In the old days it was that pregnant women were treated as fragile and delicate. It was thought that any strain or strenuous activity; any exertion would endanger both mother and child.
However, now, as medical science and mothers themselves understand more about the tremendous capability of the female body, we understand better the dos and don’ts of pregnancy.
We look at some of the commonly asked questions about running during pregnancy:
Is it safe? Obviously this is the first question that occurs to a pregnant woman. After all, this is a strenuous, high impact exercise that puts pressure on the body.
Rule of thumb here is that if you are a regular runner, you can continue even after you get pregnant, so long as your doctor clears it.
Pregnancy is not, however the time to start a running routine. It is also important to steer clear to becoming overheated.
During the first trimester, as the baby’s organs are forming, overheating could cause problems so at this time, a shorter run or alternative exercises could be a better idea.
Are there any benefits to running during pregnancy? If a woman is used to running on a regular basis, she likely gets a boost from her regular runs. Running is of course an excellent work out and a way to keep fit and prevent excess pregnancy weight gain. Also you can do it anytime.
What should I guard against? So long as it is cleared by your health care provider, running during pregnancy may be a good idea. Just don’t overdo it and watch out for any dizziness, vaginal bleeding or fluid leakage, breathing difficulties, chest pain, decrease in fetal movement, or exhaustion and report these immediately.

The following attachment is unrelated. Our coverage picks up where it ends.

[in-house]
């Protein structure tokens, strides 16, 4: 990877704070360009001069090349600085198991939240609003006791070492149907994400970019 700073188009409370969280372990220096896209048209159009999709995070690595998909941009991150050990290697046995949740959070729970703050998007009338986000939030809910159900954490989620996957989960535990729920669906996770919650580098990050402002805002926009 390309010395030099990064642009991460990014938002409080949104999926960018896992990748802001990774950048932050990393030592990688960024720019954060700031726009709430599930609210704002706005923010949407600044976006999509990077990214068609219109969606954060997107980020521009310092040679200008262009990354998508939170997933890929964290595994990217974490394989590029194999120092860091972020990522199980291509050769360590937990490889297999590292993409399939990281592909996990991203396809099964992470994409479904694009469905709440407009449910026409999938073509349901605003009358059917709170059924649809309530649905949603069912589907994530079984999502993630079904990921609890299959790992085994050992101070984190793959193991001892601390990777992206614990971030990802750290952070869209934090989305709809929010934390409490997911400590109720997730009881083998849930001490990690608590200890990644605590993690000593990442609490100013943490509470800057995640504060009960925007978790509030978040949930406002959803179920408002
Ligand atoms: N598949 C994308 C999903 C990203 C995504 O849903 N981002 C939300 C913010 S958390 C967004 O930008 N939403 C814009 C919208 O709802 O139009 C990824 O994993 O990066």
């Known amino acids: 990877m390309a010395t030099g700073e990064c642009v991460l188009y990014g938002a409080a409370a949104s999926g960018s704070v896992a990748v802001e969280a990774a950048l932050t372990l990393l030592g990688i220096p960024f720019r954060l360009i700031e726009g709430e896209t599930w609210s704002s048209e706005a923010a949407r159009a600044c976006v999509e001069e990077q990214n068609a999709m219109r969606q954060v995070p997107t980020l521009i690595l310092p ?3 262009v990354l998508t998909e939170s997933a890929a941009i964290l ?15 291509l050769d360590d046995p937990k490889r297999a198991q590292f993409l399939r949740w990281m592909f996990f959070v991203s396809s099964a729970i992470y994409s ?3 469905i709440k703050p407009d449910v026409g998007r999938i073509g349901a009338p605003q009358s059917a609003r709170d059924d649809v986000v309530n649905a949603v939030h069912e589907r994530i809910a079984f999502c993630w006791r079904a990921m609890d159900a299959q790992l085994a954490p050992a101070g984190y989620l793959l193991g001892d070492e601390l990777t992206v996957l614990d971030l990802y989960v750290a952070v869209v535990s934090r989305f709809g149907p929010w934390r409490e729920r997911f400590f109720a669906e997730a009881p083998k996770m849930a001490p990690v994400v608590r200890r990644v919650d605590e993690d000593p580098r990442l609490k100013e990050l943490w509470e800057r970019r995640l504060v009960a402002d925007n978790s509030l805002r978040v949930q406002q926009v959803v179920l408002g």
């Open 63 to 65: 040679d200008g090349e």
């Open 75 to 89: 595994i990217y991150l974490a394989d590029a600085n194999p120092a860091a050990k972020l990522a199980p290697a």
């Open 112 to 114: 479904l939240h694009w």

Running during the first trimester: Keep yourself properly hydrated. Drink plenty of water, before and after your run; even during your run is a good idea.
Good shoes and a good supporting bra are advisable. Good quality running shoes will offer good grip and cushion the impact of running; good support bras will offer support for burgeoning breasts.
Running during the second trimester: Understand that as the belly grows, and body weight increases, the balance of the body alters. It is easier to fall. So be careful as you run; a flat, even surface is best. If you find yourself falling try not to fall on your stomach.
Running during the third trimester: Be careful, and if you feel you are not up to running; skip it. It may be a good idea to replace the run with a brisk walk; many runners find that they slow down to gentle job anyway.